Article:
3. Diffs: 3rd -> 2nd, 2nd -> 1st, full backup (1st day).

This especially makes purging old backups easier. Reverse incremental backups allows you to simply purge the reverse-diffs as they expire. This happens because newer backups never depend on older ones. In contrast, in the regular incremental model, each incremental backup depends on each prior backup in the chain, going back to the full backups. Thus, you can’t remove the full backup until all the incremental backups that depend on it expire as well. This means that most of the time you need to keep more than one full backups, which takes up precious disk space.

rdiff-backup has some disadvantages as well:
1. Backups are not encrypted, making it unsuitable as-is for remote backups.
2. Only the reverse-diffs are compressed.

The advantages of rdiff-bakcup make it suitable to create local Time Machine-like backups.

The following script, set via cron to run daily, can be used to take backups of your home directory:

#! /bin/sh


## Backup
rdiff-backup --exclude-if-present .nobackup --exclude-globbing-filelist /home/user/backups/home-exclude --print-statistics $SOURCE $TARGET

## Remove old data
rdiff-backup --remove-older-than 1M --force --print-statistics $TARGET

where `/home/user/backups/home-exclude should look like:

+ /home/user/Desktop
+ /home/user/Documents
+ /home/user/Music
+ /home/user/Pictures
+ /home/user/Videos
+ /home/user/.vim
+ /home/user/.vimrc
+ /home/user/.ssh
+ /home/user/.gnupg


In order to select only certain files and directories to backup.

The --exclude-if-present .nobackup allows you to easily add a .nobackup file to directories you wish to ignore. The --force argument when purging the old backups allows it to remove more than one expired backup in a single run.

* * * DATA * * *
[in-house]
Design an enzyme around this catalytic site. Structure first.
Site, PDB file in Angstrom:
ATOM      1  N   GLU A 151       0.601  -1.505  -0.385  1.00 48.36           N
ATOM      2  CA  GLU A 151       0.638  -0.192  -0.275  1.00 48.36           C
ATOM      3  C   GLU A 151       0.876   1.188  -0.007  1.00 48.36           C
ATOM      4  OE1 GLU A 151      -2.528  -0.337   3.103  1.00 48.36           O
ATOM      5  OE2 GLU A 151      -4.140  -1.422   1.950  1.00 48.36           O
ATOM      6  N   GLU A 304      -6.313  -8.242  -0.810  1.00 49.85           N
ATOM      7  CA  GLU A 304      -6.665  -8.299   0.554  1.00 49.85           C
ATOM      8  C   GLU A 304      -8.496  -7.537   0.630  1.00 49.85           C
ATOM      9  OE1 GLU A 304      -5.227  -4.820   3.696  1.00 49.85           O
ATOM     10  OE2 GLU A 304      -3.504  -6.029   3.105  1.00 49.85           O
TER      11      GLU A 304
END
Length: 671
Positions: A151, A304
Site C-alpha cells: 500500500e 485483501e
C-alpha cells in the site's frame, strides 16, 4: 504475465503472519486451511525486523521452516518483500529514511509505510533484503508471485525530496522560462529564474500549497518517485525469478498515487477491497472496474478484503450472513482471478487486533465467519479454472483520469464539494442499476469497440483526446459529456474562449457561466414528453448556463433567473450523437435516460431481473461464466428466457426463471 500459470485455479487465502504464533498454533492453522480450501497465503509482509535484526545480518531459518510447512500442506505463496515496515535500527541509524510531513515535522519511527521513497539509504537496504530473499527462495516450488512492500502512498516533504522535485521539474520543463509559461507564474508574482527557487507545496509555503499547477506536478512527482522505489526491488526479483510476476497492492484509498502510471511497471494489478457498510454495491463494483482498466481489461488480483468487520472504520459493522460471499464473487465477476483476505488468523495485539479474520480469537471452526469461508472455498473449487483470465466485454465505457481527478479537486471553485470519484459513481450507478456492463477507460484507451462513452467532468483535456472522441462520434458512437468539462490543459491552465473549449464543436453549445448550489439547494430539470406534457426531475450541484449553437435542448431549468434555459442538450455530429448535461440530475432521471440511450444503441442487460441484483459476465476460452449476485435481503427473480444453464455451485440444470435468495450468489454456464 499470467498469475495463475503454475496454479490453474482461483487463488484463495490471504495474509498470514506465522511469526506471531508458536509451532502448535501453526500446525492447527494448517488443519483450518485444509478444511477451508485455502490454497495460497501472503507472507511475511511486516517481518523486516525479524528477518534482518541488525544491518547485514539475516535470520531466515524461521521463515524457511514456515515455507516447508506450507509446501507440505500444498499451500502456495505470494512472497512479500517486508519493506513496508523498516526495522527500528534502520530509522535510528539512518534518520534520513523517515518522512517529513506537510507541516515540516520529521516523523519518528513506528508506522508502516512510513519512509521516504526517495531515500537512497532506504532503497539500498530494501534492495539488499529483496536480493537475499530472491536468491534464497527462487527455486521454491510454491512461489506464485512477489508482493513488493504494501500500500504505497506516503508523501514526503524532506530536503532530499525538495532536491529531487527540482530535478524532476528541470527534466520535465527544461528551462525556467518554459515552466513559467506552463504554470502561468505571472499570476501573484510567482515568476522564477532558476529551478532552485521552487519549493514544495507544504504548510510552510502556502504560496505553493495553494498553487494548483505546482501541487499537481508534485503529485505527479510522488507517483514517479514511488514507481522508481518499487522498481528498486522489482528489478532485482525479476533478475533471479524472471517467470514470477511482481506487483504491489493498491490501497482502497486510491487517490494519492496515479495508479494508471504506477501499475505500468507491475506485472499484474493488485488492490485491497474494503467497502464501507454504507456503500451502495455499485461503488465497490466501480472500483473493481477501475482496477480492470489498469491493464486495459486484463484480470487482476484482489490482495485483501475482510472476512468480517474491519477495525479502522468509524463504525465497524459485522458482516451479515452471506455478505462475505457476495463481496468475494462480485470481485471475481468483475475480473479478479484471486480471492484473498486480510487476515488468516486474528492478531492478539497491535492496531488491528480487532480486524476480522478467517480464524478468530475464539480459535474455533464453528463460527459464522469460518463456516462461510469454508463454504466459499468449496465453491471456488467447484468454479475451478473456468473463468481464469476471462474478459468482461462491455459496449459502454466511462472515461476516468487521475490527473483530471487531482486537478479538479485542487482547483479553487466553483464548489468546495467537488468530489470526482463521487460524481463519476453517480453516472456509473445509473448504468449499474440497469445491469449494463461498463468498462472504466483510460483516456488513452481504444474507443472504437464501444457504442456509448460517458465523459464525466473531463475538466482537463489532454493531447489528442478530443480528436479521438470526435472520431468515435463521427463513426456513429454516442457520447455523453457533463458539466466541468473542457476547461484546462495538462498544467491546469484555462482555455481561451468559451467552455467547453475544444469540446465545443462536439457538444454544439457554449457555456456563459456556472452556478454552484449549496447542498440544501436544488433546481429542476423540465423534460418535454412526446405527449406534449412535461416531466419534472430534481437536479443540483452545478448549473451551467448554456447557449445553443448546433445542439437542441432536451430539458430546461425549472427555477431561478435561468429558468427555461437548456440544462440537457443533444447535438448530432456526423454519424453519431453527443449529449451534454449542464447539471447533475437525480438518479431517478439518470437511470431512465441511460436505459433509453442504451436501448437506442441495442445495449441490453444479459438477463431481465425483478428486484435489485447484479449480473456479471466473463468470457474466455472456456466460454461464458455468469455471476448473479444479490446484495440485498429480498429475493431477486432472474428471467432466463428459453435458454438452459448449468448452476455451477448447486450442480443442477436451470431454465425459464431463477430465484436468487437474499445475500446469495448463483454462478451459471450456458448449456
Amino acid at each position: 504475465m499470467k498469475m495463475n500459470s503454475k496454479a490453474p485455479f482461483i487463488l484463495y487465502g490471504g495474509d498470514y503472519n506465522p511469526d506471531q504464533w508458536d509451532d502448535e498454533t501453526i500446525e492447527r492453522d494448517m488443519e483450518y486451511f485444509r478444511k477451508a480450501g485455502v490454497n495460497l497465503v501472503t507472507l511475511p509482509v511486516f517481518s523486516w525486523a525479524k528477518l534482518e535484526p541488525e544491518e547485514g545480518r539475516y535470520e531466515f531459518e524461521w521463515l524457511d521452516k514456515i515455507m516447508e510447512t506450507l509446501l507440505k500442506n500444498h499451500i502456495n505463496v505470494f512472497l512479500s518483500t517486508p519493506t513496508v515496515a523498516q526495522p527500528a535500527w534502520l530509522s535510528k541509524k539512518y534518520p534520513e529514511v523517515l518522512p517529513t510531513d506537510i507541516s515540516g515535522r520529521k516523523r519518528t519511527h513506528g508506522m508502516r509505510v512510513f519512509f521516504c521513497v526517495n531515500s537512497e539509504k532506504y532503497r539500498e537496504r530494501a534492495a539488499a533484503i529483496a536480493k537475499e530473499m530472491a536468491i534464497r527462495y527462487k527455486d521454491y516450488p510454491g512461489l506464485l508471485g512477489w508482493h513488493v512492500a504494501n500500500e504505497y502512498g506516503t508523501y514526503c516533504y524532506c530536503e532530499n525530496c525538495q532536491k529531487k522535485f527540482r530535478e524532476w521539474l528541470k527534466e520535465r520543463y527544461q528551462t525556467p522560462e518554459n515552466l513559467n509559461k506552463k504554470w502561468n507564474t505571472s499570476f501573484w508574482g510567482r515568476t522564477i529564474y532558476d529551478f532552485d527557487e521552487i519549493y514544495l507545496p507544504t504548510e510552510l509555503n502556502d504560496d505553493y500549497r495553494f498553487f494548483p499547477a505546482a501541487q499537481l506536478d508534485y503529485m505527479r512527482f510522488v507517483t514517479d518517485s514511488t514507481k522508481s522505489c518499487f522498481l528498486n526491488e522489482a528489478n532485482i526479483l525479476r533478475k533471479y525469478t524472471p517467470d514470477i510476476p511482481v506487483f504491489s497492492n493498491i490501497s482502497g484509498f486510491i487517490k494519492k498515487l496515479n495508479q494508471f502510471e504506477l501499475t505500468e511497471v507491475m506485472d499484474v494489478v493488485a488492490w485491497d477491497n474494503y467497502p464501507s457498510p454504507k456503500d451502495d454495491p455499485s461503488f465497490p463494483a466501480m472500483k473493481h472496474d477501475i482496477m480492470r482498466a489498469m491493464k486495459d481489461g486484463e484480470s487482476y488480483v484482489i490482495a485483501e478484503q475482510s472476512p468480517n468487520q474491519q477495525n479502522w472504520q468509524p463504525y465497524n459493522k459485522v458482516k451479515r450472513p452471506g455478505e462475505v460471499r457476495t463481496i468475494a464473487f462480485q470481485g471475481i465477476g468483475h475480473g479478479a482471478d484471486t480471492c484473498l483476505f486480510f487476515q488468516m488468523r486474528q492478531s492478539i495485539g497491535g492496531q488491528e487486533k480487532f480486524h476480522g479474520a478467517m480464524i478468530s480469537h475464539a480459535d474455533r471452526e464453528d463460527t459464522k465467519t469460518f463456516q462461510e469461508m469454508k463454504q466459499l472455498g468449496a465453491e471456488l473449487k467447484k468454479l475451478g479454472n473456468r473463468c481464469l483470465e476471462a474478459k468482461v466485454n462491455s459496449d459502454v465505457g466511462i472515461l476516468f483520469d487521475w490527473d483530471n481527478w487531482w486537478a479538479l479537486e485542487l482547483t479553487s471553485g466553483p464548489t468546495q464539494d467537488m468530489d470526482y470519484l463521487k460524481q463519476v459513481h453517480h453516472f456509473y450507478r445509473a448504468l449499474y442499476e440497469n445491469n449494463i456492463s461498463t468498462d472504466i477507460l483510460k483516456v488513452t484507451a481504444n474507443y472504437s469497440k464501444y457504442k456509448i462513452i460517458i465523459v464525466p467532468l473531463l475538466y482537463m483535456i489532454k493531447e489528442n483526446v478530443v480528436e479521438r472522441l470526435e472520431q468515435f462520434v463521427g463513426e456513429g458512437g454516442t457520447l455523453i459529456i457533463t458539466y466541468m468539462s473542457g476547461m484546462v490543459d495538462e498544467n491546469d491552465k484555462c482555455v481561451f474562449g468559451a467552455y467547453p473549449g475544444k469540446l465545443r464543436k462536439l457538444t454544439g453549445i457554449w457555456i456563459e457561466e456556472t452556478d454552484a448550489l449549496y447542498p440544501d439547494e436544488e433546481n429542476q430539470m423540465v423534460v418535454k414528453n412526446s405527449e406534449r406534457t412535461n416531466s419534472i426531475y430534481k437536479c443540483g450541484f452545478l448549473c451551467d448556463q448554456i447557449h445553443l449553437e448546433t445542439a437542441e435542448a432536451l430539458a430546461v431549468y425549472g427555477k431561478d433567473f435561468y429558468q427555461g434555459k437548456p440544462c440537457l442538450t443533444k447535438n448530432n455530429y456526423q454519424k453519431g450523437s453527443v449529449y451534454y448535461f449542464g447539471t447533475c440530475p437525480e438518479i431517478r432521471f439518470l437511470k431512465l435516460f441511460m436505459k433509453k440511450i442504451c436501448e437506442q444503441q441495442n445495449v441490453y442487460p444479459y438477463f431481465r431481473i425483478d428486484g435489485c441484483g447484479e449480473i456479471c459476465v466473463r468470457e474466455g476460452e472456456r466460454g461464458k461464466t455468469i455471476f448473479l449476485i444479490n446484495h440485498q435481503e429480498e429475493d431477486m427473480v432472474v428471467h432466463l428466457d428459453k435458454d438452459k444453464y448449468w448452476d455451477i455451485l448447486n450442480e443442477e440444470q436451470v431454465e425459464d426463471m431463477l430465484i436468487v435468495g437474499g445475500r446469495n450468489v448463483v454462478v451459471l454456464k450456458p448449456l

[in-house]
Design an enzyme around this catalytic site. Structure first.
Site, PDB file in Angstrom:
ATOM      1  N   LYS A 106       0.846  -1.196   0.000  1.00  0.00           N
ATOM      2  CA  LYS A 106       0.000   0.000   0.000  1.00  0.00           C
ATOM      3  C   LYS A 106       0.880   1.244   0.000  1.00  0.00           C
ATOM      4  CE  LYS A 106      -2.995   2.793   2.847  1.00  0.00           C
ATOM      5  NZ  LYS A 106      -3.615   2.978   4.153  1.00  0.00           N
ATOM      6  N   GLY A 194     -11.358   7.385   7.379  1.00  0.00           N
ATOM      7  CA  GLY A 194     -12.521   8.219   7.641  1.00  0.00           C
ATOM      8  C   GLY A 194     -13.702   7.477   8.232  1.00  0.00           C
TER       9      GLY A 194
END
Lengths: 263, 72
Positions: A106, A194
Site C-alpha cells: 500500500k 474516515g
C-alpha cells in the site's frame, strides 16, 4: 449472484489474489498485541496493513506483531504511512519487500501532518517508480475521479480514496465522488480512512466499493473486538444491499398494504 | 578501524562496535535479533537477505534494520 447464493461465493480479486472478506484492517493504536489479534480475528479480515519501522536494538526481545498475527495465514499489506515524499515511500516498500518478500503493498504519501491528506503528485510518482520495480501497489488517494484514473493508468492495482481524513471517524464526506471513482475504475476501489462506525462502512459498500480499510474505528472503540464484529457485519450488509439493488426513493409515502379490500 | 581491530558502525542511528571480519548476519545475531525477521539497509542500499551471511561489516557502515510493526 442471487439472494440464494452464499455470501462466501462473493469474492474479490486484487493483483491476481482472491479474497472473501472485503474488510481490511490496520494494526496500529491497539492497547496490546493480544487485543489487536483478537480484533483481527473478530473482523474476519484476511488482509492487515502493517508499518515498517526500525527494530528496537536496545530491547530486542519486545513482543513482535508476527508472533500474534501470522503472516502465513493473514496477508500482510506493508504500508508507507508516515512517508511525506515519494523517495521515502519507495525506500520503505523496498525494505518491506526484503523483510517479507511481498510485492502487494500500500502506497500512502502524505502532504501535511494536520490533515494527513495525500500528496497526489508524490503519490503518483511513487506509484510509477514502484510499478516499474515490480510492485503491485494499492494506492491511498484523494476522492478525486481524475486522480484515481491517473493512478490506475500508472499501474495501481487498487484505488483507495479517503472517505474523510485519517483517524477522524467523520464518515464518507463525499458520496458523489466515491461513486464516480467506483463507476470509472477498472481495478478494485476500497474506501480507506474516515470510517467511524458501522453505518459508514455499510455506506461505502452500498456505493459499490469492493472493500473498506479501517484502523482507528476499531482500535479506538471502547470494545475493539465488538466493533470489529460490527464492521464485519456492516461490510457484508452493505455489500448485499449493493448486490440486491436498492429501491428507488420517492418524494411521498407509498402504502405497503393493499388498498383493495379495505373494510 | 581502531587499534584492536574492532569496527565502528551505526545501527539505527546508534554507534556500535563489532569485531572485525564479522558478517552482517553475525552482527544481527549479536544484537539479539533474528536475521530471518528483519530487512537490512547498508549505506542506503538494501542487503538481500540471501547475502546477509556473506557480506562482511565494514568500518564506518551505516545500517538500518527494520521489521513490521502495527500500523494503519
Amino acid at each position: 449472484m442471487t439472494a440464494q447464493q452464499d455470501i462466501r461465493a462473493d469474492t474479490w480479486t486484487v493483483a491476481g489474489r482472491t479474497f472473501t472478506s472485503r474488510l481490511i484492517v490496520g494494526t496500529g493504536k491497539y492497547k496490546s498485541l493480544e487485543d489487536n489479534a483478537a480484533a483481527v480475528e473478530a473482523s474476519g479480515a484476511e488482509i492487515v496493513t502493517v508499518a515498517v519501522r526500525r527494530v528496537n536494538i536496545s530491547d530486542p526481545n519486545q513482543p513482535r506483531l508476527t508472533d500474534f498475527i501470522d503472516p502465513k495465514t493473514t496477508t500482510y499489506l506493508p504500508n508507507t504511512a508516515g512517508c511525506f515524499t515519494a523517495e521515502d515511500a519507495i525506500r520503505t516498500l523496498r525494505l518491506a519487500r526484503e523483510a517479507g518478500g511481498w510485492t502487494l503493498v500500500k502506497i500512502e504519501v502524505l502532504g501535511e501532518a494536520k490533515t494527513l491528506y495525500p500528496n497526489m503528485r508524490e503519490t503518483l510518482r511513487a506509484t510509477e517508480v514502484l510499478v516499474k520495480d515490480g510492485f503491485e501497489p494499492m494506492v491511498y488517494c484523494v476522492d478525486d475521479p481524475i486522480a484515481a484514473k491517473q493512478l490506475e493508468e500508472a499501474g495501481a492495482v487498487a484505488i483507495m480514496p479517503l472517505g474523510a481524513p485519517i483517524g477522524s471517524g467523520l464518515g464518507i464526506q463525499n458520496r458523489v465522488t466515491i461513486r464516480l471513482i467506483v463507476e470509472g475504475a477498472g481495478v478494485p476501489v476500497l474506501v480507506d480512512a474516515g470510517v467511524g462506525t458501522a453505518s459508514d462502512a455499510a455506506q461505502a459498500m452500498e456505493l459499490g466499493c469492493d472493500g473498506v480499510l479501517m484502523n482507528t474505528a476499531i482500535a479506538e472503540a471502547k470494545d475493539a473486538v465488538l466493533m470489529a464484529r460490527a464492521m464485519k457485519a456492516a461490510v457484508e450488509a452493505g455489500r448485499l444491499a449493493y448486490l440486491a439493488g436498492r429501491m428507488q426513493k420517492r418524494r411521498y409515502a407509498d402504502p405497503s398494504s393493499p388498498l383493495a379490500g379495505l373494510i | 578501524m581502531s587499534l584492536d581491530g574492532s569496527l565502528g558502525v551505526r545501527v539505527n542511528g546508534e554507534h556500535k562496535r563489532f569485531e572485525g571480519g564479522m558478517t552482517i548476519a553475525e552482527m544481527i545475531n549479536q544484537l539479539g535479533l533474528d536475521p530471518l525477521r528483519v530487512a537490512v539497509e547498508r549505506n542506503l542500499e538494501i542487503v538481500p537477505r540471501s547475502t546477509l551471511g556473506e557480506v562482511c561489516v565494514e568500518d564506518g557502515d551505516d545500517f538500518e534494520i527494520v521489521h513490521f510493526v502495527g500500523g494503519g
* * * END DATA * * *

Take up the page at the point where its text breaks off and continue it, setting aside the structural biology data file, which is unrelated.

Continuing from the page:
Listing backup chains:

$ rdiff-backup -l ~/backups/rdiff-home/

Restoring files from the most recent backup is simple. Because rdiff-backup keeps the latest backup as a normal mirror on the disk, you can simply copy the file you need out of the backup directory. To restore older files:

$ rdiff-backup --restore-as-of 10D ~/backups/rdiff-home/.vimrc restored_vimrc

Set default application using `xdg-mime`

You can use the xdg-mime utility to query the default mime-type associations and change them.

xdg-mime query default video/mp4

Will return the .desktop file associated with the default app to open mp4 files. To change the default association:

xdg-mime default vlc.desktop video/mp4

you need to specify the desktop file to open files of the specified mime type. To check the mime-type of a given file, use

file -ib filename

Installing Firefox Quantum on Debian Stretch

Debian only provides the ESR (Extended Support Release) line of Firefox. As a result, currently, the latest version of Firefox available for Debian Stretch is Firefox 52, which is pretty old. Lately, Firefox 57, also known as Quantum, was released as Beta. It provides many improvements over older Firefox releases, including both security and performance.

Begin by downloading the latest beta (for Firefox 57) and extract it to your home directory:

$ wget -O firefox-beta.tar.bz2 ""
$ tar -C ~/.local/ -xvf firefox-beta.tar.bz2

This installs Firefox to your current user. Because Firefox is installed in a user-specific location (and without root-priveleges), Firefox will also auto-update when new versions are released.

If you prefer using the stable version of firefox, simply replace the first step by

$ wget -O firefox-stable.tar.bz2 ""